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I live in Quincy Center overlooking QC station. You make it sound like QC is East NY Brooklyn or West Baltimore. RIDICULOUS. QC is fine, incredibly convenient, has every kind of store and establishment you could need within a 1 mile radius, and is much more affordable than most of the livable parts of Boston, or God help us, Cambridge/Somerville.

And yes, Quincy is very 'diverse', including socio-economically.

We are in a prime location of a major metro, and because it's also a major transport hub by train, bus, or car from sprawling suburbs on the south shore, and because of everything else I've mentioned, of course there are some homeless, druggies. Many of them are young. Snowflakes have to understand that the word is not Disneyworld and learn to deal with the good, the bad and the ugly. People need to grow a spine, a thicker skin and grow up. Finally, violent street crime, including shootings and murders, is a negligible problem here.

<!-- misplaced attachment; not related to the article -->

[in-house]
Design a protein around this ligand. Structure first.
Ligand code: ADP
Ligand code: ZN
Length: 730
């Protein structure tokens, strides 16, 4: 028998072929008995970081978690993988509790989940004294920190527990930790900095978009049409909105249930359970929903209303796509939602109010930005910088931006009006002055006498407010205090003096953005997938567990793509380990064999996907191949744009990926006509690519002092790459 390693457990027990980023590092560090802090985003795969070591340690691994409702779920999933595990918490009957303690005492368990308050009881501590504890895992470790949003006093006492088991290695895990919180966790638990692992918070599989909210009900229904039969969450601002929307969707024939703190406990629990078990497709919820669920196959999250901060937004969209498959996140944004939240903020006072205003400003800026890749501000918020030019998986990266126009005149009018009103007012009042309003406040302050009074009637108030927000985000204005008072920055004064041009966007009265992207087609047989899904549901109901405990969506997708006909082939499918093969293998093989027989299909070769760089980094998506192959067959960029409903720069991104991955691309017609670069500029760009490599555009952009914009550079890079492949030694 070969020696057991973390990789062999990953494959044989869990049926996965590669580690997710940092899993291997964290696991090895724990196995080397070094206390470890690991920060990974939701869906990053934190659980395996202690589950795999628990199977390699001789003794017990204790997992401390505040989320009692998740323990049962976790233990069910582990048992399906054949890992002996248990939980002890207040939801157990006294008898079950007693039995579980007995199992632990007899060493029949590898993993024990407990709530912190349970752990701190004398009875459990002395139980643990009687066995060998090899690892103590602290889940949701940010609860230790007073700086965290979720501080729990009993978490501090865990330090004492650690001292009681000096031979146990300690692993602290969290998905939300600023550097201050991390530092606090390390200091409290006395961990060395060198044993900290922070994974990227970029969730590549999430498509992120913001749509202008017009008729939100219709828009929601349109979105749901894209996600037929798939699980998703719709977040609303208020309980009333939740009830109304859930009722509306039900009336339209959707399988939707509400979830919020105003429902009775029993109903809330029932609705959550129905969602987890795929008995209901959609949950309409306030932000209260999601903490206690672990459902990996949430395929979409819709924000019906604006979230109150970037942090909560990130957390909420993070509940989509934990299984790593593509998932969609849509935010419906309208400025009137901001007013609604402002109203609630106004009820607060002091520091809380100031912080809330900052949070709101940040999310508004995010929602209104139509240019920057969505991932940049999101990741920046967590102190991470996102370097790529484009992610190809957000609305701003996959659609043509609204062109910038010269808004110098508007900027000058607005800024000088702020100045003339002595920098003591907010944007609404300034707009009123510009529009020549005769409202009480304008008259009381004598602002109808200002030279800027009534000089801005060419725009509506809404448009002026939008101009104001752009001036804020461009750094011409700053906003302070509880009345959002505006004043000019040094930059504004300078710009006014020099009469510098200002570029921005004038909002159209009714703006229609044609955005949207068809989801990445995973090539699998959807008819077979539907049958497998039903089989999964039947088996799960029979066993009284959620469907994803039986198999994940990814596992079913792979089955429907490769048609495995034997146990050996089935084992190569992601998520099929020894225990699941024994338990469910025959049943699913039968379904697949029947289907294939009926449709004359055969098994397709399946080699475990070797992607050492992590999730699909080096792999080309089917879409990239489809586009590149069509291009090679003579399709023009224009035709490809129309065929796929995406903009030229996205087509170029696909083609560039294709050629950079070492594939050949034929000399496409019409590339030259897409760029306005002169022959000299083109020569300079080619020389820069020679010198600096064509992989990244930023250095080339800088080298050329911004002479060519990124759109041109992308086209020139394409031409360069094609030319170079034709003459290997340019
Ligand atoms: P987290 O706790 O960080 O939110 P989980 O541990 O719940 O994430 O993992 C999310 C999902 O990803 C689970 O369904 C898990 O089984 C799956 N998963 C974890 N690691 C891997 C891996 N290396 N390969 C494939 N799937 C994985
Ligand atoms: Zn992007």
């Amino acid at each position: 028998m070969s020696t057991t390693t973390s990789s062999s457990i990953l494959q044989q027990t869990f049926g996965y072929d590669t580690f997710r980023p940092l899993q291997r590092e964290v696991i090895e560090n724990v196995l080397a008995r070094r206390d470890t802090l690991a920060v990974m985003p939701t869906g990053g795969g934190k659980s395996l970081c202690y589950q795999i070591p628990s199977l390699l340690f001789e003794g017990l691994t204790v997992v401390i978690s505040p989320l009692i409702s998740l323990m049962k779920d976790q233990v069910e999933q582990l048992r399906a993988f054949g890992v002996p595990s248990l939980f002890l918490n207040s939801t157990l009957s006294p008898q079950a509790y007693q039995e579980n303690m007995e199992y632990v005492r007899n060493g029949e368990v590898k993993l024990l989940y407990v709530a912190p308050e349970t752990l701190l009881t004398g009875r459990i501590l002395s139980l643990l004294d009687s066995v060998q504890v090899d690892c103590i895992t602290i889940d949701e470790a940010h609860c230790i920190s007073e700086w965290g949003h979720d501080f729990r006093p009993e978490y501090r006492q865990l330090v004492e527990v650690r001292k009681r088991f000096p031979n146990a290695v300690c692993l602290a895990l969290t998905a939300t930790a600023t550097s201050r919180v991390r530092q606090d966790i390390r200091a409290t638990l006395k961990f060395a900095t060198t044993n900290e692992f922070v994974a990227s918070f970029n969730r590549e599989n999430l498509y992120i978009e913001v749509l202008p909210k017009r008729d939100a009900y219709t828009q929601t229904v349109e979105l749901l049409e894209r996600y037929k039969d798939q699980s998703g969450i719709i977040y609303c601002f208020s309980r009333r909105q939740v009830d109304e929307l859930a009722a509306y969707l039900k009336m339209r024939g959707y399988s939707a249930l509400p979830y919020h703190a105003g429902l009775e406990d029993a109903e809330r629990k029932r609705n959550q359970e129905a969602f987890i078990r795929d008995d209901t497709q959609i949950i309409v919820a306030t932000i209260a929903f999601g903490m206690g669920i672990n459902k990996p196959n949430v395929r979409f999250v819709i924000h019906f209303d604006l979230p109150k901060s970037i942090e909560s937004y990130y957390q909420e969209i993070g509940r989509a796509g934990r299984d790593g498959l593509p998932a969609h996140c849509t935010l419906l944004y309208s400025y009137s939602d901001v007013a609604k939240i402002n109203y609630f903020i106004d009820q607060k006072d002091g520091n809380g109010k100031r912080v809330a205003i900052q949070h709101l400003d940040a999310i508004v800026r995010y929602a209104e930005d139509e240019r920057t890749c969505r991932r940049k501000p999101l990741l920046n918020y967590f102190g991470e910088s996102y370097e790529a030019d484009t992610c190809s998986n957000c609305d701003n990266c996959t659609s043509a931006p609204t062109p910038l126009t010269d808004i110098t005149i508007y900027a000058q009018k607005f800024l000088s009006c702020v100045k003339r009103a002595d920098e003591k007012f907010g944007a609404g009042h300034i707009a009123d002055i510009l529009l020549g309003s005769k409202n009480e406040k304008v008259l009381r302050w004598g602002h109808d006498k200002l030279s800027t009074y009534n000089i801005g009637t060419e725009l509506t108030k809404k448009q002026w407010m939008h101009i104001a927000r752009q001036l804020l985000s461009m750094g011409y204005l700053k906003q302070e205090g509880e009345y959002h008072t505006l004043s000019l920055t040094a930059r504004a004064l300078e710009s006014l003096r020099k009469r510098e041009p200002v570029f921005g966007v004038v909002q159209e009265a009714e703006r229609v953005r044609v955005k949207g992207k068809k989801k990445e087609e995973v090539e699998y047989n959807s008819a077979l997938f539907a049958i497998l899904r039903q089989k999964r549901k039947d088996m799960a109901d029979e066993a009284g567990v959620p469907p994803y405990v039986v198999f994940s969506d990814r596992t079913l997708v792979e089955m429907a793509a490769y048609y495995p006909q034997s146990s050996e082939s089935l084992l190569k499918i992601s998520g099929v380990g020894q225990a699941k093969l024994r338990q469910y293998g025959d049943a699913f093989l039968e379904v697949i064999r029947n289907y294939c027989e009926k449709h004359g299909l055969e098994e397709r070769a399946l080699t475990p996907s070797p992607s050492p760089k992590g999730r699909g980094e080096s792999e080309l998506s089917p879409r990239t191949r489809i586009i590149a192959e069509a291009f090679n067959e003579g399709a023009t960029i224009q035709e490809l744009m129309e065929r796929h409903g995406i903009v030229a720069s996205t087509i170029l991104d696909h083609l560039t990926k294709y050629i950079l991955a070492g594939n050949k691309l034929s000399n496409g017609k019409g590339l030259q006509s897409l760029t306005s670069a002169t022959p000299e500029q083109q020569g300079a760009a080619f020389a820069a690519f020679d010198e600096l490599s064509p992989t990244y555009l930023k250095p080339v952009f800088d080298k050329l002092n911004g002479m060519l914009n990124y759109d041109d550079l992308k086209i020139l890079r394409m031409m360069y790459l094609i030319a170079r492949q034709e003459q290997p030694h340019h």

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But from my visits to the Quincy Center station, I wouldn't want to dawdle there.

I suppose the same could be said about Forest Hills. Less junkies and more darker skinned high schoolers, but I've never had a problem with the station and environs. Great crossroads.

Still, you're from Quincy, and Quincy is responsible for the deterioration and eventual condemnation of the bridge, so you can pound sand. Quincy sucks.

[the subject of the comment was edited. It was some kind of keyboard diarrhea.]